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Last Updated: Friday, 28 May, 2004, 01:28 GMT 02:28 UK
Analysis: Foreign policy lookalikes

By Rob Watson
BBC Washington correspondent

John Kerry
Kerry's difference is one of emphasis not content
Based on Senator John Kerry's Thursday speech laying out his vision for American foreign policy, most US voters would be hard pressed to find much difference between the challenger and the incumbent George W Bush.

Let's just run through it for a minute.

Senator Kerry said that his number one priority would be to prevent terrorists acquiring weapons of mass destruction.

Hard to see George W Bush having much problem with that.

The senator also said the US should remain the paramount military power in the world.

We've definitely heard that before from the White House.

And in one case the senator even tried to outhawk this most hawkish of administrations, promising to "confront the failure of Saudi Arabia to do all it can to stop financing and providing ideological support of al Qaeda and other terrorist groups".

What difference there was in the speech was more a matter of emphasis.

Senator Kerry repeatedly criticised the unilateralism of the Bush administration and its use of force "before exhausting diplomacy".

Under a President Kerry, he said, the US would rebuild alliances around the world.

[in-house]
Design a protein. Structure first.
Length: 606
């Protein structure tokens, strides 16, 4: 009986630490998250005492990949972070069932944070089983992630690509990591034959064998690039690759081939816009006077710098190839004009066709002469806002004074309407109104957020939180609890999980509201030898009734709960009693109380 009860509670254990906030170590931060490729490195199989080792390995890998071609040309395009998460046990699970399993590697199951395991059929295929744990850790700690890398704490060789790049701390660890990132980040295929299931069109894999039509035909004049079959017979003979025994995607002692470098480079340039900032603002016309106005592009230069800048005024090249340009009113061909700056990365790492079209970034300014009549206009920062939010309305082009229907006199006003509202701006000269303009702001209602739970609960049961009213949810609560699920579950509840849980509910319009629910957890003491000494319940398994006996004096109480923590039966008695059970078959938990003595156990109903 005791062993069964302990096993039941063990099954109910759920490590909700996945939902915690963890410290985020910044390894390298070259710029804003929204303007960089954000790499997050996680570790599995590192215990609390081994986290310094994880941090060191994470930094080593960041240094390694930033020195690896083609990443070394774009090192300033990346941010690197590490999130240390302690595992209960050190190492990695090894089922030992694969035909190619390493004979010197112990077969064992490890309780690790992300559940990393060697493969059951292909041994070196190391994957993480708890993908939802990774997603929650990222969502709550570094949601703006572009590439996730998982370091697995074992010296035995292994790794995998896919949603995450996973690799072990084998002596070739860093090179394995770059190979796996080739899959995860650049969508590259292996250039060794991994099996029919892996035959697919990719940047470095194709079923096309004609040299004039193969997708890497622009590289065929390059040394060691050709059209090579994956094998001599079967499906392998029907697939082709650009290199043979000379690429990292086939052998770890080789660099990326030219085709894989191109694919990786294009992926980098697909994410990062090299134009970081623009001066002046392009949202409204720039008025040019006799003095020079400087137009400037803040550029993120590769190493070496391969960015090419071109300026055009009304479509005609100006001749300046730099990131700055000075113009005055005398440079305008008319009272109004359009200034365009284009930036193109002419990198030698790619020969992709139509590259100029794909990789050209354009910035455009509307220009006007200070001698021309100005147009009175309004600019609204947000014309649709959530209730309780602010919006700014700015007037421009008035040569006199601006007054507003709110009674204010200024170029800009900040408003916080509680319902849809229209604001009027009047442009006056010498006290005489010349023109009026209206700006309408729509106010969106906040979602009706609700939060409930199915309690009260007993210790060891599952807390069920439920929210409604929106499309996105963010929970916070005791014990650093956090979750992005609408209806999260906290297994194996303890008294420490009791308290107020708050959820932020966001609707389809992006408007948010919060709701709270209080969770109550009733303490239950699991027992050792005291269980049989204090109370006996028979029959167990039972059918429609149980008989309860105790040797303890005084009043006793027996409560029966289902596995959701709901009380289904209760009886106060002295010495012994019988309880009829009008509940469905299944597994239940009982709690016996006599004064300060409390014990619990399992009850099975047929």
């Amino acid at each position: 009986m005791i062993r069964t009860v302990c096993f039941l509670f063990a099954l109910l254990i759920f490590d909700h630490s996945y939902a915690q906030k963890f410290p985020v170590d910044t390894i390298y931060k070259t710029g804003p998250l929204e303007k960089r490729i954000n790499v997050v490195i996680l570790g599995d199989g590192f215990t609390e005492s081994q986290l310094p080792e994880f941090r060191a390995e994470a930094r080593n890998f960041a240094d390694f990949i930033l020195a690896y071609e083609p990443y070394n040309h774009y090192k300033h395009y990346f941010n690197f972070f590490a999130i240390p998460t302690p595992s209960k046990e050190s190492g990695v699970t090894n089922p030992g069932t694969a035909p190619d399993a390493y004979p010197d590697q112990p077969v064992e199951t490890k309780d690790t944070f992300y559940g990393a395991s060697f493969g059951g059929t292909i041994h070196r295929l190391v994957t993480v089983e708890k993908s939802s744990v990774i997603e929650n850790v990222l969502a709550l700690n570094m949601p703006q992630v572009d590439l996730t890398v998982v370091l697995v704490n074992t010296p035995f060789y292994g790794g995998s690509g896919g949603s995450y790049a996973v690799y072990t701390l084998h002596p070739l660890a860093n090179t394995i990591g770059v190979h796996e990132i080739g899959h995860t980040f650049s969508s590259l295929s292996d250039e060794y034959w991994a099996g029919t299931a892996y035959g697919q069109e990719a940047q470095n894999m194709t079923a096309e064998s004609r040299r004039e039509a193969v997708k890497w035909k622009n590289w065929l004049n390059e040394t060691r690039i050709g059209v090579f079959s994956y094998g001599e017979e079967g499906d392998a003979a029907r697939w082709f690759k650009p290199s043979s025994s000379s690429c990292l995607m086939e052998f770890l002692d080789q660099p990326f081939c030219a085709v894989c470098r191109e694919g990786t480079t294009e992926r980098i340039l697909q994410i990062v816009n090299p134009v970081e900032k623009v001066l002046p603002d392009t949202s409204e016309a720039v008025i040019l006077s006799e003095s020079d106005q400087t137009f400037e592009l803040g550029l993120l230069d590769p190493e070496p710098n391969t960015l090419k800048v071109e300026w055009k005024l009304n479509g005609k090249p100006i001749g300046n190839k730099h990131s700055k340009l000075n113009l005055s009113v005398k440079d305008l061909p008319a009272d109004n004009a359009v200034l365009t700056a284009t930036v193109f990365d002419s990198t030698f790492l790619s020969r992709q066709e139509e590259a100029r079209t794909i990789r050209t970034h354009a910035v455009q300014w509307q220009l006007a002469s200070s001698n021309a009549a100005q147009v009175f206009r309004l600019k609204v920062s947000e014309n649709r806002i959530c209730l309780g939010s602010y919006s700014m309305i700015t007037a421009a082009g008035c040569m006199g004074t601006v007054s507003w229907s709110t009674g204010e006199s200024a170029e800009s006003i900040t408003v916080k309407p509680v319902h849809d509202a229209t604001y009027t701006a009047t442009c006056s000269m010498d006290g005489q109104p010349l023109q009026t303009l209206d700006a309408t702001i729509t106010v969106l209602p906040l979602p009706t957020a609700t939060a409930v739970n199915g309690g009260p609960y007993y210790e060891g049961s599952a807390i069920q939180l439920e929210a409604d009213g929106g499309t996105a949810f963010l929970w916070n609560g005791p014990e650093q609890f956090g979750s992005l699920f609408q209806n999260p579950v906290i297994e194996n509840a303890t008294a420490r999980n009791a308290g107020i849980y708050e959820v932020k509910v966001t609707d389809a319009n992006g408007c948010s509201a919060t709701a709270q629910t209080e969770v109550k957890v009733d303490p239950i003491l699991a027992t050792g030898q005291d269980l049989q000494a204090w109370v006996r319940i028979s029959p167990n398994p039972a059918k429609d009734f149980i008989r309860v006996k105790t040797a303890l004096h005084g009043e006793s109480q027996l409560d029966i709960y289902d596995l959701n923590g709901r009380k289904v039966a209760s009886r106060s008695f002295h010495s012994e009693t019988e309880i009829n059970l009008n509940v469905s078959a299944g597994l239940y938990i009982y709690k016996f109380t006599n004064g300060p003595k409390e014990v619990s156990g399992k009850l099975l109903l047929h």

On Iraq Senator Kerry said not a lot.

As an early supporter of the war, he has little room to manoeuvre.

So, as before, he restricted himself to urging President Bush to seek more international help in Iraq, but there was no talk of a US withdrawal.

Warding off attacks

So how does one read this speech, what is Senator Kerry trying to achieve?

In the first place it seems his tough talk was designed to inoculate him from Republican attacks.

Although the opinion polls suggest President Bush has a clear advantage on the issue of national security, that doesn't mean Senator Kerry wants it be seen as his weakness.

Second, his talk of rebuilding alliances abroad has genuine appeal in this country.

President George Bush
National security is central to George Bush's re-election strategy
Although Americans are more willing than most to go it alone, they much prefer the idea of having support from the rest of the world.

As to Iraq, the Kerry campaign feels "Why should he say very much?"

After all, the campaign argues, President Bush started the war now he should be left to stew in his own juices and reap whatever electoral consequences there might be.

Of course many Democrats feel frustrated their candidate is not more outspoken in his criticism of the US led-occupation and more dove-ish in general on matters of foreign policy.

But the Kerry campaign is no doubt convinced that kind of Democrat is hardly going to vote for President Bush.

So the name of the game is not alienating those voters who are losing trust in the president but who are still finding it hard to entrust the country's security in the hands of a Democrat.


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